Open Access Research article

Validation of Doloplus-2 among nonverbal nursing home patients - an evaluation of Doloplus-2 in a clinical setting

Karin Torvik123*, Stein Kaasa24, Øyvind Kirkevold56, Ingvild Saltvedt7, Jacob C Hølen8, Peter Fayers29 and Tone Rustøen110

Author Affiliations

1 Faculty of Nursing, Oslo University College, Oslo, Norway

2 Department of Cancer Research & Molecular Medicine, Norwegian University of Science and Technology (NTNU), Trondheim, Norway

3 Faculty of Nursing, Sør Trøndelag University College, Trondheim, Norway

4 Palliative Medicine Unit, Department of Oncology, St Olavs University Hospital, Trondheim, Norway

5 Norwegian Centre for Dementia Research, Vestfold Mental Health Care Trust, Tønsberg, Sem, Norway

6 Faculty of Health and Sports, University of Agder, Kristiansand, Norway

7 Department of Neuroscience, Faculty of Medicine, University of Science and Technology (NTNU), Trondheim, Norway

8 Department of Public Health and General Practice, University of Science and Technology (NTNU), Trondheim, Norway

9 Division of Applied Health Sciences, School of Medicine and Dentistry, University of Aberdeen, Aberdeen, UK

10 Centre for Shared Decision Making and Nursing Research, Oslo University Hospital, Oslo, Norway

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BMC Geriatrics 2010, 10:9  doi:10.1186/1471-2318-10-9

Published: 20 February 2010



Pain measurement in nonverbal older adults is best based on behavioural observation, e.g. using an observational measurement tool such as Doloplus-2. The purposes of this study were to examine the use of Doloplus-2 in a nonverbal nursing home population, and to evaluate its reliability and validity by comparing registered nurses' estimation of pain with Doloplus-2 scores.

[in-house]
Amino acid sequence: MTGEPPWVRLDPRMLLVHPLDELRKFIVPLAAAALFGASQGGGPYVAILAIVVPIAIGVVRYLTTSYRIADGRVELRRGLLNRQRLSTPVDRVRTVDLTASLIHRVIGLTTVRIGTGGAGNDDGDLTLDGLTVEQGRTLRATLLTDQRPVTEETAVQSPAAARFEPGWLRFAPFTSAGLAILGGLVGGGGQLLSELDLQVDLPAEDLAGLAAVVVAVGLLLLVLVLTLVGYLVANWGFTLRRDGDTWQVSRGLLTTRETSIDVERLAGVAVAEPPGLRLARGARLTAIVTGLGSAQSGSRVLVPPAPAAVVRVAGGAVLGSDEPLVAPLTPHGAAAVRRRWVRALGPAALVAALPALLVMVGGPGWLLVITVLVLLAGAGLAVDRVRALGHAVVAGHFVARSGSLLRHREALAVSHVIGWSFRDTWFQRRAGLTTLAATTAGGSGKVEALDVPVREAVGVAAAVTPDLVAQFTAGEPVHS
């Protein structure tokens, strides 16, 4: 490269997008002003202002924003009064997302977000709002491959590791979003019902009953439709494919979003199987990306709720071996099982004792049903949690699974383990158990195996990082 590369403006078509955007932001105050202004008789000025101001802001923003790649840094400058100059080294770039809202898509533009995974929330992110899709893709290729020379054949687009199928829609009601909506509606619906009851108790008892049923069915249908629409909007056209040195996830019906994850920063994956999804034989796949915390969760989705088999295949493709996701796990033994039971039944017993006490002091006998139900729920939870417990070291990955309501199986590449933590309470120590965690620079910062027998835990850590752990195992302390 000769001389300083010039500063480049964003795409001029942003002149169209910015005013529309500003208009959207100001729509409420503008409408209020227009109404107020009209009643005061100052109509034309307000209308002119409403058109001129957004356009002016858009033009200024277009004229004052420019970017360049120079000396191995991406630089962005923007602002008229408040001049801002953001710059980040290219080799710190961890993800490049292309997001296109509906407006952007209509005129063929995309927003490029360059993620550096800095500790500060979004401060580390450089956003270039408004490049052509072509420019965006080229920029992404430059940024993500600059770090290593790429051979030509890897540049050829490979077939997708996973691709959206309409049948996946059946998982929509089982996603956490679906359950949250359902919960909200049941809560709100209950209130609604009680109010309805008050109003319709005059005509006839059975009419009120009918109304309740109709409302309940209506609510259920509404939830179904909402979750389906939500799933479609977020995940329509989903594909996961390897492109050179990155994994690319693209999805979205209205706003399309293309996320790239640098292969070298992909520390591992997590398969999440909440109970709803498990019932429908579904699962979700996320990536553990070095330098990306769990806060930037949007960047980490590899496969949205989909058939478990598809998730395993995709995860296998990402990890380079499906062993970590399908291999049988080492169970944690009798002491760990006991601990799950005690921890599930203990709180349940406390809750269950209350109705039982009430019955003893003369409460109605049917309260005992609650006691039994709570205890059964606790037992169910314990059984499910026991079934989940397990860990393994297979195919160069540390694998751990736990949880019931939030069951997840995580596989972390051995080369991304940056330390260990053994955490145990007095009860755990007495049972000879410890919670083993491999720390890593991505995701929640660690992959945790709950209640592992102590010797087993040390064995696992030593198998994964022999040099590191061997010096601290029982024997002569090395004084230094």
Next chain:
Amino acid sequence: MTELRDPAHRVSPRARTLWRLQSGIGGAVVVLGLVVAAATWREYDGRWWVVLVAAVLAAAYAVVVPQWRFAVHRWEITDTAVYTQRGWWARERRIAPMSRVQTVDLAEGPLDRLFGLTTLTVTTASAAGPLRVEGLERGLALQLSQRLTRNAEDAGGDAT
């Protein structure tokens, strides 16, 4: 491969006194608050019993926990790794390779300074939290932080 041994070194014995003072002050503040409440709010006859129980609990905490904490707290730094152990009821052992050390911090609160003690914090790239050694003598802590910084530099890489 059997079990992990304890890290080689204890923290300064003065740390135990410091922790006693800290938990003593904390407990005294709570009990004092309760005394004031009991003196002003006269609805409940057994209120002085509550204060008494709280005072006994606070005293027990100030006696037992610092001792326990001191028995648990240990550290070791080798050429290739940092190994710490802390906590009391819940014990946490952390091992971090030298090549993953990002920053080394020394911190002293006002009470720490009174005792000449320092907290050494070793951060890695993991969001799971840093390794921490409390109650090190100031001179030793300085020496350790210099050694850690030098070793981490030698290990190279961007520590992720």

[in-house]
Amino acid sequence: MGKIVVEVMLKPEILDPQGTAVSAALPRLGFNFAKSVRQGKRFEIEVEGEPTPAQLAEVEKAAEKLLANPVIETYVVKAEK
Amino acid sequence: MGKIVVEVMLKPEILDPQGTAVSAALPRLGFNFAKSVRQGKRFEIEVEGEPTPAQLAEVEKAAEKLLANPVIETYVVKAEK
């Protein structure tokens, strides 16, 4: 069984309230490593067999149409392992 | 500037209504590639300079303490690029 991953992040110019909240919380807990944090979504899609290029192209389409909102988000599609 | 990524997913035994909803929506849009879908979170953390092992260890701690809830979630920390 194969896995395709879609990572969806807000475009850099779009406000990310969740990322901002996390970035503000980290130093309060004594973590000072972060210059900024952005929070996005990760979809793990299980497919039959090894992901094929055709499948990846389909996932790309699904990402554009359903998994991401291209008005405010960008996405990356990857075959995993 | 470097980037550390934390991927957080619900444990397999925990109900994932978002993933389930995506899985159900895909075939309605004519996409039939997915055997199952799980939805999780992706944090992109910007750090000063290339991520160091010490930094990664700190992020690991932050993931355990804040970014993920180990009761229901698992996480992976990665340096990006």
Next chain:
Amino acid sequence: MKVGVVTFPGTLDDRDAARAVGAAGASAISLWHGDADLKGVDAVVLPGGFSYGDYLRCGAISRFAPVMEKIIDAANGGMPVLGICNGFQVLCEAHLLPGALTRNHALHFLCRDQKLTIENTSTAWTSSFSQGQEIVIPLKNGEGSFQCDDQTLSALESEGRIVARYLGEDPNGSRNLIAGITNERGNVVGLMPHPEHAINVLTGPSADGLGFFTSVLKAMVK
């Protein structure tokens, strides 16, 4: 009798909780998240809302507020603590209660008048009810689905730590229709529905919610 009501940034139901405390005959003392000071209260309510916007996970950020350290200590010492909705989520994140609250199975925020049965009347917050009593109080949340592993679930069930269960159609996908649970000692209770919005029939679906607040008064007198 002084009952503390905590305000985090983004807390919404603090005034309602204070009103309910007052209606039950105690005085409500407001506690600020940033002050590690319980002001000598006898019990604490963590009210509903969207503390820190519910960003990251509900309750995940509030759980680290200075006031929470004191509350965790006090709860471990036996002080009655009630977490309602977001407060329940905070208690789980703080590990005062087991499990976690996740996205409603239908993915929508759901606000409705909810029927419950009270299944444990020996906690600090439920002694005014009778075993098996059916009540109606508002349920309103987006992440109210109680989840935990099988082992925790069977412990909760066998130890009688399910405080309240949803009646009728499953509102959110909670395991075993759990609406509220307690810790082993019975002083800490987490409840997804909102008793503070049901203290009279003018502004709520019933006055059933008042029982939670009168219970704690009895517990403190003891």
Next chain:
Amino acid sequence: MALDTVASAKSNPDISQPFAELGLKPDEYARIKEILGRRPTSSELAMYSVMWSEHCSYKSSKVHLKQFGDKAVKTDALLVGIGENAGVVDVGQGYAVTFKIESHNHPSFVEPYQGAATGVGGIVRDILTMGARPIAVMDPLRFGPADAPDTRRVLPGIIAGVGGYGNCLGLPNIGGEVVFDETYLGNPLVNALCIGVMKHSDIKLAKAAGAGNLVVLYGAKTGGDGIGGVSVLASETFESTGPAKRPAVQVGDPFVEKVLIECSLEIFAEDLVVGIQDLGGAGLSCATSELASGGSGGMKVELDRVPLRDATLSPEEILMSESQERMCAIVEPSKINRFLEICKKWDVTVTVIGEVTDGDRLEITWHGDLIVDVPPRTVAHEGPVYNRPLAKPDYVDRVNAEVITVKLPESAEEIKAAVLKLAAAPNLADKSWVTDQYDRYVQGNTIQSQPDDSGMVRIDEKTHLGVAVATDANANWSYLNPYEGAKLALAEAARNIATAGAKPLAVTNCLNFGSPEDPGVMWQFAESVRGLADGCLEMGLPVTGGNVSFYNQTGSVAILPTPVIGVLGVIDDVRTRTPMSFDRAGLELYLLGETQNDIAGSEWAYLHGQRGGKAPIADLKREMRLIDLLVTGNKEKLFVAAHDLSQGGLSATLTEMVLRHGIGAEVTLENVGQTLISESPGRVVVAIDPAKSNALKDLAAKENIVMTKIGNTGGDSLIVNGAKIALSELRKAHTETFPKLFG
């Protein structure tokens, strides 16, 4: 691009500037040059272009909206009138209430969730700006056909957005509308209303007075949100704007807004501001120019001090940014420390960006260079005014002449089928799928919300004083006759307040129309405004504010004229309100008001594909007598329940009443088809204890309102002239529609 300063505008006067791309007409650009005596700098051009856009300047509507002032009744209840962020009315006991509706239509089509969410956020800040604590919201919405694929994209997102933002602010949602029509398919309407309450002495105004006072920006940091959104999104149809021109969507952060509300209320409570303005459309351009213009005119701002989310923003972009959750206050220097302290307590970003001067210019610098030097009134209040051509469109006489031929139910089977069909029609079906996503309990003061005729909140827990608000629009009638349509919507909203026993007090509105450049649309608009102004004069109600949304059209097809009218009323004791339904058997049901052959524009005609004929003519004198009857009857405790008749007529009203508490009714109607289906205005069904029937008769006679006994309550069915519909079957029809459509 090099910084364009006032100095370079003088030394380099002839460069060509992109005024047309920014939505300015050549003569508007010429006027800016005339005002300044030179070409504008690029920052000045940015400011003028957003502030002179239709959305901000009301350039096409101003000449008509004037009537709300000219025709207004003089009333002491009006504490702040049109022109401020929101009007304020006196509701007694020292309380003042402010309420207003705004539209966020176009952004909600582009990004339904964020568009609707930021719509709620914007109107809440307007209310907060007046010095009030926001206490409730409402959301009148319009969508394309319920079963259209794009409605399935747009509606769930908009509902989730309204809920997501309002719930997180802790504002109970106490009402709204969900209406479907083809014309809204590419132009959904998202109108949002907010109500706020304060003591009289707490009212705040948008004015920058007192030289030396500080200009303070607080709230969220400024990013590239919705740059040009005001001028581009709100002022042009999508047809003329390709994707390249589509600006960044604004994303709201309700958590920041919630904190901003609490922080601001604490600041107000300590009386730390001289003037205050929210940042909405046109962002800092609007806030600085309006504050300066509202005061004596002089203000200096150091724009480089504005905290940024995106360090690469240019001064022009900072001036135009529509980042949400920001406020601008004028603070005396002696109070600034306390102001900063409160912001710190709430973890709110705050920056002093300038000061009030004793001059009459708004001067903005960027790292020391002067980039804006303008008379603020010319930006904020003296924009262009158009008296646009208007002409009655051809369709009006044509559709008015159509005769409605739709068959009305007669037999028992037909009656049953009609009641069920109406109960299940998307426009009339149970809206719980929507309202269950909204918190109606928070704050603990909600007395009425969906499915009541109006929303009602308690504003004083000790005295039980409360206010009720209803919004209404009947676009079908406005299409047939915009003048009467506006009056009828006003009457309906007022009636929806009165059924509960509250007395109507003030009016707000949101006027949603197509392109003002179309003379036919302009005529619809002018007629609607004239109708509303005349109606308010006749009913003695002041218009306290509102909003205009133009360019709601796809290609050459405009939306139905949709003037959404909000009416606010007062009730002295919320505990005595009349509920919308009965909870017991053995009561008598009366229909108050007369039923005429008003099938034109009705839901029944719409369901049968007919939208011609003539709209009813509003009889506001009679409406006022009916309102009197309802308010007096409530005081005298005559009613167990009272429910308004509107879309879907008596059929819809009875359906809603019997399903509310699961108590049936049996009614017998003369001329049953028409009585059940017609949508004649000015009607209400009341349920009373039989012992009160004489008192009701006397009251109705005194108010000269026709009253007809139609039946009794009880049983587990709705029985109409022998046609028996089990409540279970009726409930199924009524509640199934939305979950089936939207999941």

In this cross-sectional study, Doloplus-2 was used to observe the pain behaviour of patients aged above 65 years who were unable to self-report their pain. Nurses also recorded their perceptions of patient pain (yes, no, don't know) before they used Doloplus-2. Data on demographics, medical diagnoses, and prescribed pain treatment were collected from patient records. Daily life functioning was measured and participants were screened using the Mini Mental State Examination.


In total, 77 nursing home patients were included, 75% were women and the mean age was 86 years (SD 6.6, range 68-100). Over 50% were dependent on nursing care to a high or a medium degree, and all were severely cognitively impaired. The percentage of zero scores on Doloplus-2 ranged from 17% (somatic reactions) to 40% (psychosocial reactions). Cronbach's alpha was 0.71 for the total scale. In total, 52% of the patients were judged by nurses to be experiencing pain, compared with 68% when using Doloplus-2 (p = 0.01). For 29% of the sample, nurses were unable to report if the patients were in pain.


In the present study, more patients were categorized as having pain while using Doloplus-2 compared with nurses' estimation of pain without using any tools. The fact that nurses could not report if the patients were in pain in one third of the patients supports the claim that Doloplus-2 is a useful supplement for estimating pain in this population. However, nurses must use their clinical experience in addition to the use of Doloplus-2, as behaviour can have different meaning for different patients. Further research is still needed about the use of Doloplus-2 in patients not able to self-report their pain.